Sweeping Ukrainian reforms seem all but assured after Viktor Yushchenko was elected president this week. But the opposition leader's test will be successfully negotiating the...

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Sweeping Ukrainian reforms seem all but assured after Viktor Yushchenko was elected president this week.

But the opposition leader’s test will be successfully negotiating the changes in Ukraine’s relationship not just with the West but with Russia.

Yushchenko won Ukraine’s latest presidential election handily after the Nov. 21 election was overturned because of widespread fraud. For weeks in Kiev’s Independence Square, irrepressible Ukrainians sporting the opposition movement’s signature orange hue vigorously protested the results — a victory by Yushchenko’s pro-Russian opponent.

Even now, Viktor Yanukovych vows to contest the election. That’s likely a futile move considering emerging international consensus that this was a legitimate election.

The struggle of the “orange revolution” is represented in Yushchenko’s face, disfigured by poison in an apparent assassination attempt. His pockmarked face looks West to stronger relationships with Europe and the United States. Ukraine will be nurtured under the European Union’s neighborhood plan, potentially paving the way for full membership. A NATO membership might be in the offing by 2007.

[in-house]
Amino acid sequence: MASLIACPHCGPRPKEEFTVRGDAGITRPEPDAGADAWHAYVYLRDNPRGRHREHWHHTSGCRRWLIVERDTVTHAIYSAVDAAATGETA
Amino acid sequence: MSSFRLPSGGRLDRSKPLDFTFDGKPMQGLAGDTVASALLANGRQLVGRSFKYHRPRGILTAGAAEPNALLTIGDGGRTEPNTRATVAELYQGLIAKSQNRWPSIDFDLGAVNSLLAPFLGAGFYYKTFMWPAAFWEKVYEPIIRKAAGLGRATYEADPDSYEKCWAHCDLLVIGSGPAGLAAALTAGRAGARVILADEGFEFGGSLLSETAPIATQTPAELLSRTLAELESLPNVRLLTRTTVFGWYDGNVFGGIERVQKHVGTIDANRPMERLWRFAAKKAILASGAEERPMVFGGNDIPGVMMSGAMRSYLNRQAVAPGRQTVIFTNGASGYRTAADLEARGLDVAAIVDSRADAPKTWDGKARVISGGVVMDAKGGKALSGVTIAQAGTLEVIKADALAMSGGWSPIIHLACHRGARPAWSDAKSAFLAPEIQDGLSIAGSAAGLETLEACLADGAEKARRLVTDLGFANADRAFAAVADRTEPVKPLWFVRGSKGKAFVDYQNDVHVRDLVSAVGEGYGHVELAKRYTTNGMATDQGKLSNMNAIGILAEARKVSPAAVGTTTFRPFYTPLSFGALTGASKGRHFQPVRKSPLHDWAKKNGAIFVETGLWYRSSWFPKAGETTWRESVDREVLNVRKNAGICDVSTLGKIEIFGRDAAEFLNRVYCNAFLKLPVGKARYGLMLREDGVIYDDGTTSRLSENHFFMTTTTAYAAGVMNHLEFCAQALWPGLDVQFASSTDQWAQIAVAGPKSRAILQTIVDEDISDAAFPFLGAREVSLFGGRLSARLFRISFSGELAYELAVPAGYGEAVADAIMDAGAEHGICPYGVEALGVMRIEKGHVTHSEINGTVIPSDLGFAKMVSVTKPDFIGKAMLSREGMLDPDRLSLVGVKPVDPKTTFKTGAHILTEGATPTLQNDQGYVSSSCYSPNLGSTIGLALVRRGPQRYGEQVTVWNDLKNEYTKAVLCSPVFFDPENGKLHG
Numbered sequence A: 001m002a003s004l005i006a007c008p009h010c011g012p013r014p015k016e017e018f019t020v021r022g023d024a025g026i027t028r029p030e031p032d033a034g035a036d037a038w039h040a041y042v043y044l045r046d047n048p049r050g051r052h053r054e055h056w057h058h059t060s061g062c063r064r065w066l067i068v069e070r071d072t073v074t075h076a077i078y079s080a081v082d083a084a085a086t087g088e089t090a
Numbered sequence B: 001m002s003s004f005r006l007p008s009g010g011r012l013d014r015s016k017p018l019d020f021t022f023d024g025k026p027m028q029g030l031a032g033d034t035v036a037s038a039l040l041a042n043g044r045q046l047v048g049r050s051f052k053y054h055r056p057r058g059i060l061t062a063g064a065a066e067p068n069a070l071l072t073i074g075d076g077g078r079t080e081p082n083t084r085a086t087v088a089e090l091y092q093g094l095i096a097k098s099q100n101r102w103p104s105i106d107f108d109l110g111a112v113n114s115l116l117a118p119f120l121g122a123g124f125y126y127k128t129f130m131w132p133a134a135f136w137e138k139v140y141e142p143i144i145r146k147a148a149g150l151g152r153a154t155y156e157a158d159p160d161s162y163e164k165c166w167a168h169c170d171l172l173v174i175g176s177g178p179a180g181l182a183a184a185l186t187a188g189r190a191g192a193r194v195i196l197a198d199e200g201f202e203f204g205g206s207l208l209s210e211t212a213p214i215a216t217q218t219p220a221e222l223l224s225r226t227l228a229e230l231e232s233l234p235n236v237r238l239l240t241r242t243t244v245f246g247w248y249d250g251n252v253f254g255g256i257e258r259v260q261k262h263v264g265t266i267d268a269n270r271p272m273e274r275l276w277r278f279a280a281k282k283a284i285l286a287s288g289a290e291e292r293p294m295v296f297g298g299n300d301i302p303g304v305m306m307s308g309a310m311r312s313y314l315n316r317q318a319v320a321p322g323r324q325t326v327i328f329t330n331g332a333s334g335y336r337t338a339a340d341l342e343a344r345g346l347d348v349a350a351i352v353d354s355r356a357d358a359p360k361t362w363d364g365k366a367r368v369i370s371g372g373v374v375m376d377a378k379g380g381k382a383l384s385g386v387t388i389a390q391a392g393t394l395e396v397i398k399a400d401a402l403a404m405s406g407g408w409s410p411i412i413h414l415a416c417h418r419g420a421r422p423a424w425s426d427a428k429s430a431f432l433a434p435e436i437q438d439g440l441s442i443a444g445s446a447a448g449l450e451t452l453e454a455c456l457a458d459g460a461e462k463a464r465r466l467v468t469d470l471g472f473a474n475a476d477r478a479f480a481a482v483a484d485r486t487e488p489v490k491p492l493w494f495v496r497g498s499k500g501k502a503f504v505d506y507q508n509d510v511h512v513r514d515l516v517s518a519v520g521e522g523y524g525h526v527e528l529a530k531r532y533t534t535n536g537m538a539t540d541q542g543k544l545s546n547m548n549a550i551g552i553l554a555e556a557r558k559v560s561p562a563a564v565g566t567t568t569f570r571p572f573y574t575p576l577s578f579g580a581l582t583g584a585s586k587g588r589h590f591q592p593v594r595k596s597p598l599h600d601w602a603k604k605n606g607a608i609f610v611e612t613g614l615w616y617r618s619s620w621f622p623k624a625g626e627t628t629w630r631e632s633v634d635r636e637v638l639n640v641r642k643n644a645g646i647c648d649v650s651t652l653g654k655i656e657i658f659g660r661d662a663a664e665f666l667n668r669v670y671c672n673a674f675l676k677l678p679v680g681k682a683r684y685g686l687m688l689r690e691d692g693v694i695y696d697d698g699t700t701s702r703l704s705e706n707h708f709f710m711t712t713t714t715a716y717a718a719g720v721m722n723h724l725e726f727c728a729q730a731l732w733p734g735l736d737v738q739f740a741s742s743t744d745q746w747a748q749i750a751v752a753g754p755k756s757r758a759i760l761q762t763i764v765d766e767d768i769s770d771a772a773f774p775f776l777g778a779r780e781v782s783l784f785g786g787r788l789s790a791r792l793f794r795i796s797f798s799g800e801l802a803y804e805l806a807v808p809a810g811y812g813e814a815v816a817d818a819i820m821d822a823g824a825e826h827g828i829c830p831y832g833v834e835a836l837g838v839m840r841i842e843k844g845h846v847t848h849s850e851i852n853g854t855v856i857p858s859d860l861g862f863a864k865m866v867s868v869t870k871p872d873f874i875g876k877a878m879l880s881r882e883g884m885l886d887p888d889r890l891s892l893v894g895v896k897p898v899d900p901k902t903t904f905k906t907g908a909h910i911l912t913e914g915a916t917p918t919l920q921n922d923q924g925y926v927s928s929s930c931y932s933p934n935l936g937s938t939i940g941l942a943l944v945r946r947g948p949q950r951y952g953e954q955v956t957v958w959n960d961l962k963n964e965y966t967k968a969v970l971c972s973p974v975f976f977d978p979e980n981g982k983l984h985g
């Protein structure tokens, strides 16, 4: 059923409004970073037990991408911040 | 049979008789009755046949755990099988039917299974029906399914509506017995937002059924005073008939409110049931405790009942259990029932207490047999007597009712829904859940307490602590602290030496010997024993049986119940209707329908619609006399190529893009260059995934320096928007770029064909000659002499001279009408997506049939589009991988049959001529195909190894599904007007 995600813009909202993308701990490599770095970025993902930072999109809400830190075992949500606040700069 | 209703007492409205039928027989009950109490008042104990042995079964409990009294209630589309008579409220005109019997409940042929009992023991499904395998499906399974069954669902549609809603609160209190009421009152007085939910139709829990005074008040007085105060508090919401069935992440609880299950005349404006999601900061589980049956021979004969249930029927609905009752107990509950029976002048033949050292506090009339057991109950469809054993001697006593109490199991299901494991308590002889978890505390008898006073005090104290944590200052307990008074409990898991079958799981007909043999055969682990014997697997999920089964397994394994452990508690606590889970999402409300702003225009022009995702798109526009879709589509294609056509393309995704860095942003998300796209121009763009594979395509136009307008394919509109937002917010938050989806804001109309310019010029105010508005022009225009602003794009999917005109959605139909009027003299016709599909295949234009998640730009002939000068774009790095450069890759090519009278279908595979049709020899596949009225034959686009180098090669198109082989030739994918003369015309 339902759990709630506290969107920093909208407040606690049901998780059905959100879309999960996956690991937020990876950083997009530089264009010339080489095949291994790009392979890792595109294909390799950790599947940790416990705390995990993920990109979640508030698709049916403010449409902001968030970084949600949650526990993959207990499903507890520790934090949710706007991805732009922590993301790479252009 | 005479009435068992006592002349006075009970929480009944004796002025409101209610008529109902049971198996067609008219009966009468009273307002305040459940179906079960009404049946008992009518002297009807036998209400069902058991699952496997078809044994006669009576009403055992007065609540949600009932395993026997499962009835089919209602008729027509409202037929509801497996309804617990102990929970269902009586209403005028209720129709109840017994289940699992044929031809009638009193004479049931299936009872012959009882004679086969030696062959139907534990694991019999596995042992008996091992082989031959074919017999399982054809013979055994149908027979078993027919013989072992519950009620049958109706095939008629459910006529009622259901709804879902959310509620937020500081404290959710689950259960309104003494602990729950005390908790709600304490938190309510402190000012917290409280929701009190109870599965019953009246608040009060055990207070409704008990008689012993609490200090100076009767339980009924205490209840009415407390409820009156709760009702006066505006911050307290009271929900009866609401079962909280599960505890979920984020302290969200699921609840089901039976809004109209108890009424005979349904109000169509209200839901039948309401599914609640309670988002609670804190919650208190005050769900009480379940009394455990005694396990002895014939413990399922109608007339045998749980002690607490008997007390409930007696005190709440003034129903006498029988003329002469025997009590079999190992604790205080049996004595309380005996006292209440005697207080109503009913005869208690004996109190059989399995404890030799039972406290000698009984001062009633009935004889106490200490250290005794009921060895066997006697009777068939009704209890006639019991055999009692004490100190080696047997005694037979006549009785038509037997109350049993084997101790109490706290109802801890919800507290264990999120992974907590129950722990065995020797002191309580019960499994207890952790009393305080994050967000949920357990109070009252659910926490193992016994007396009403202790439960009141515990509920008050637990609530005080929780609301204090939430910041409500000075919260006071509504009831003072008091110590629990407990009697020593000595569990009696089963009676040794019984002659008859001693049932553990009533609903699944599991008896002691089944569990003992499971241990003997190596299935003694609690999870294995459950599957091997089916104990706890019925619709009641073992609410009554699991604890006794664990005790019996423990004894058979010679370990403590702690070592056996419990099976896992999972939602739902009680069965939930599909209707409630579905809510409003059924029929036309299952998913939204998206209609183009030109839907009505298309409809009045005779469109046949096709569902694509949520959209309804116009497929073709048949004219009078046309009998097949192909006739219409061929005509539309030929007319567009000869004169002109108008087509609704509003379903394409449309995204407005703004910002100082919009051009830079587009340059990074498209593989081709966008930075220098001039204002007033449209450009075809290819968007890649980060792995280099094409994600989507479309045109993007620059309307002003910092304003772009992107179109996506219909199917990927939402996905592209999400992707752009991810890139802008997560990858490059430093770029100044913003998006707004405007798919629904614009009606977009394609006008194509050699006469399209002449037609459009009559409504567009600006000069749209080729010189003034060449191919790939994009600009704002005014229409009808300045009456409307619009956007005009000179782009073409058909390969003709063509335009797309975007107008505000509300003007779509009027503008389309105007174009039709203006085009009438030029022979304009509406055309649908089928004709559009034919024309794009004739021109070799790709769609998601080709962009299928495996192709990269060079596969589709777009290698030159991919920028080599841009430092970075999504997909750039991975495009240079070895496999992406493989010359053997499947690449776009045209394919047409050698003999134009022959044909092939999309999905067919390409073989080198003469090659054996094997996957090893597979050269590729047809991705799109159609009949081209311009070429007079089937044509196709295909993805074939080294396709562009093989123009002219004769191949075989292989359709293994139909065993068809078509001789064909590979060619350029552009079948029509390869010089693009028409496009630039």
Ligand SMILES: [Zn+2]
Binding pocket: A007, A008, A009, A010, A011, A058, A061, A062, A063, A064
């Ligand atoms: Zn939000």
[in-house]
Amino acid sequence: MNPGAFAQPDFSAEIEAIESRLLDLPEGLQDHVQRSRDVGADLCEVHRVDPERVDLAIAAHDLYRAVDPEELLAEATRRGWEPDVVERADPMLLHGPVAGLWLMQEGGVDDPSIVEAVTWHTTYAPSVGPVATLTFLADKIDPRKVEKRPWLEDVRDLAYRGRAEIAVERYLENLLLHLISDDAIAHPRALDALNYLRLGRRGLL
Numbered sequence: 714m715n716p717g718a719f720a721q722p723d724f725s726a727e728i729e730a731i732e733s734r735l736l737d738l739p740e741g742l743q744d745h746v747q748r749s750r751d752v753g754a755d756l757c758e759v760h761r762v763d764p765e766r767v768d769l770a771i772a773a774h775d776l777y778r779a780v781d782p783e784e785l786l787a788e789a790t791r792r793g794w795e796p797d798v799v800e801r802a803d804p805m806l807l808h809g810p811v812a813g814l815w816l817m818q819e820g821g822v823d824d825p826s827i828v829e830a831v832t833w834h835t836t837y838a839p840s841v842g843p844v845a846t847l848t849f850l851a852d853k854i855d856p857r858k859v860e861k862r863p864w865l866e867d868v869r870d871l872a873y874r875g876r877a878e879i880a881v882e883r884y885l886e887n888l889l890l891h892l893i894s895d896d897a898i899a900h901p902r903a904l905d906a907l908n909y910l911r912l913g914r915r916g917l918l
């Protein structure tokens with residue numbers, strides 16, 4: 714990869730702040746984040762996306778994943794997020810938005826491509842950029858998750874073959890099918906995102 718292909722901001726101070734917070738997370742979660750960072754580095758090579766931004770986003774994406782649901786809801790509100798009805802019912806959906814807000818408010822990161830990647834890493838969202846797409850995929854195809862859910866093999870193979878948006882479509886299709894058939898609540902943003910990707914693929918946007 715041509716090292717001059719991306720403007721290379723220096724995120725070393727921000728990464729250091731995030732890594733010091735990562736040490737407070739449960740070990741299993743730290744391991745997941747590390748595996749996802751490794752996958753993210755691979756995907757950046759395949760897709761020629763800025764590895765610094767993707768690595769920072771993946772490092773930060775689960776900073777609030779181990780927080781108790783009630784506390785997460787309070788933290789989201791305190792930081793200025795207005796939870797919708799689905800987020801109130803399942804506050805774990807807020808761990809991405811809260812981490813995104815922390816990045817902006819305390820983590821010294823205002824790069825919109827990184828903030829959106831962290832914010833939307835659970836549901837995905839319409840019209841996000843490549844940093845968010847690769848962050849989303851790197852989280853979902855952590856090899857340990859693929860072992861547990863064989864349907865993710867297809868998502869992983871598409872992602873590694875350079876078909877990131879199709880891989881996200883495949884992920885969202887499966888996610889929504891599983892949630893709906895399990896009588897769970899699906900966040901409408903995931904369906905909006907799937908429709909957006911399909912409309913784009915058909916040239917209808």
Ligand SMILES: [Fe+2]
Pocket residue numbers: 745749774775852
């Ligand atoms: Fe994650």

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Another Westward-moving republic is disappointing for Mother Russia. President Vladimir Putin supported Yanukovych to continue close ties and keep modern Europe and its democracies at bay.

Yushchenko will do anything but. Ukraine’s former national bank chief will continue the economic modernization he started when he became prime minister in 1999. Old-guard communists and business interests railed against the reforms, prompting his 2001 dismissal.

Yushchenko’s base is rooted in the Ukraine’s emerging middle class, which benefited from his reforms, and in the western region. His most difficult challenge will be winning over the industrialized eastern Ukraine, which voted for Yanukovych and is more culturally aligned with Russia.

As for relations with the U.S., Yushchenko seems poised to withdraw 1,600 Ukrainian troops from Iraq, the fourth-largest contingent in the U.S.-led coalition. Nevertheless, U.S. Secretary of State Colin Powell congratulated Ukraine on a “historic moment for democracy.”

It is surely that.